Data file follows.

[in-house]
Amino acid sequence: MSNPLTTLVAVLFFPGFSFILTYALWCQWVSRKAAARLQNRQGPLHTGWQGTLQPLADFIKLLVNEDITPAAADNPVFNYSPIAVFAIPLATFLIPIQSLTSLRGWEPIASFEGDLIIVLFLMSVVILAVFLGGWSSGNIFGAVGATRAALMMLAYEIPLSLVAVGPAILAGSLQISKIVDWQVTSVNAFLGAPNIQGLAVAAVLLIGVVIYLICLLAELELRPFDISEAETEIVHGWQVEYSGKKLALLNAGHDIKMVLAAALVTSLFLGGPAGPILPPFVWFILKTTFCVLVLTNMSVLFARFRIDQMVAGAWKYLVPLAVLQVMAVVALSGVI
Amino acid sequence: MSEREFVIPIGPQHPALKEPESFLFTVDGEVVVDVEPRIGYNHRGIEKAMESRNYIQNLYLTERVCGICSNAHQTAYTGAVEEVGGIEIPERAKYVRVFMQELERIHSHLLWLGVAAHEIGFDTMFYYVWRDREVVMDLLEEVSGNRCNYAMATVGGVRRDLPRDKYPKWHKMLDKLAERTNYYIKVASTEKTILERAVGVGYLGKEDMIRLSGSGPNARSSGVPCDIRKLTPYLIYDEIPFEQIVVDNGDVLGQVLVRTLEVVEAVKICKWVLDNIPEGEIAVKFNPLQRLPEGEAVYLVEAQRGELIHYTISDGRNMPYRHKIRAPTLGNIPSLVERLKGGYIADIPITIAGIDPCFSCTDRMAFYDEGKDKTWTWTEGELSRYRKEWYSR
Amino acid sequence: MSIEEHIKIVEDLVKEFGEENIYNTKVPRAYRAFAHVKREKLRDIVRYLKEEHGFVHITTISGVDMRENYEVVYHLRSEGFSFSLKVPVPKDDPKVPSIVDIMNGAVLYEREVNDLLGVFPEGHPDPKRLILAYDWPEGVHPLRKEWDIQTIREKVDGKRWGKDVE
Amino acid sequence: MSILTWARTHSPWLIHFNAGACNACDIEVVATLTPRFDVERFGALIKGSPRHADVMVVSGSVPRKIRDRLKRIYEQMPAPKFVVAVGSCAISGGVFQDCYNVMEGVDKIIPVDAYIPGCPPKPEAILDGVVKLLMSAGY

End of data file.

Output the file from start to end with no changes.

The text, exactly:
[in-house]
Amino acid sequence: MSNPLTTLVAVLFFPGFSFILTYALWCQWVSRKAAARLQNRQGPLHTGWQGTLQPLADFIKLLVNEDITPAAADNPVFNYSPIAVFAIPLATFLIPIQSLTSLRGWEPIASFEGDLIIVLFLMSVVILAVFLGGWSSGNIFGAVGATRAALMMLAYEIPLSLVAVGPAILAGSLQISKIVDWQVTSVNAFLGAPNIQGLAVAAVLLIGVVIYLICLLAELELRPFDISEAETEIVHGWQVEYSGKKLALLNAGHDIKMVLAAALVTSLFLGGPAGPILPPFVWFILKTTFCVLVLTNMSVLFARFRIDQMVAGAWKYLVPLAVLQVMAVVALSGVI
Amino acid sequence: MSEREFVIPIGPQHPALKEPESFLFTVDGEVVVDVEPRIGYNHRGIEKAMESRNYIQNLYLTERVCGICSNAHQTAYTGAVEEVGGIEIPERAKYVRVFMQELERIHSHLLWLGVAAHEIGFDTMFYYVWRDREVVMDLLEEVSGNRCNYAMATVGGVRRDLPRDKYPKWHKMLDKLAERTNYYIKVASTEKTILERAVGVGYLGKEDMIRLSGSGPNARSSGVPCDIRKLTPYLIYDEIPFEQIVVDNGDVLGQVLVRTLEVVEAVKICKWVLDNIPEGEIAVKFNPLQRLPEGEAVYLVEAQRGELIHYTISDGRNMPYRHKIRAPTLGNIPSLVERLKGGYIADIPITIAGIDPCFSCTDRMAFYDEGKDKTWTWTEGELSRYRKEWYSR
Amino acid sequence: MSIEEHIKIVEDLVKEFGEENIYNTKVPRAYRAFAHVKREKLRDIVRYLKEEHGFVHITTISGVDMRENYEVVYHLRSEGFSFSLKVPVPKDDPKVPSIVDIMNGAVLYEREVNDLLGVFPEGHPDPKRLILAYDWPEGVHPLRKEWDIQTIREKVDGKRWGKDVE
Amino acid sequence: MSILTWARTHSPWLIHFNAGACNACDIEVVATLTPRFDVERFGALIKGSPRHADVMVVSGSVPRKIRDRLKRIYEQMPAPKFVVAVGSCAISGGVFQDCYNVMEGVDKIIPVDAYIPGCPPKPEAILDGVVKLLMSAGY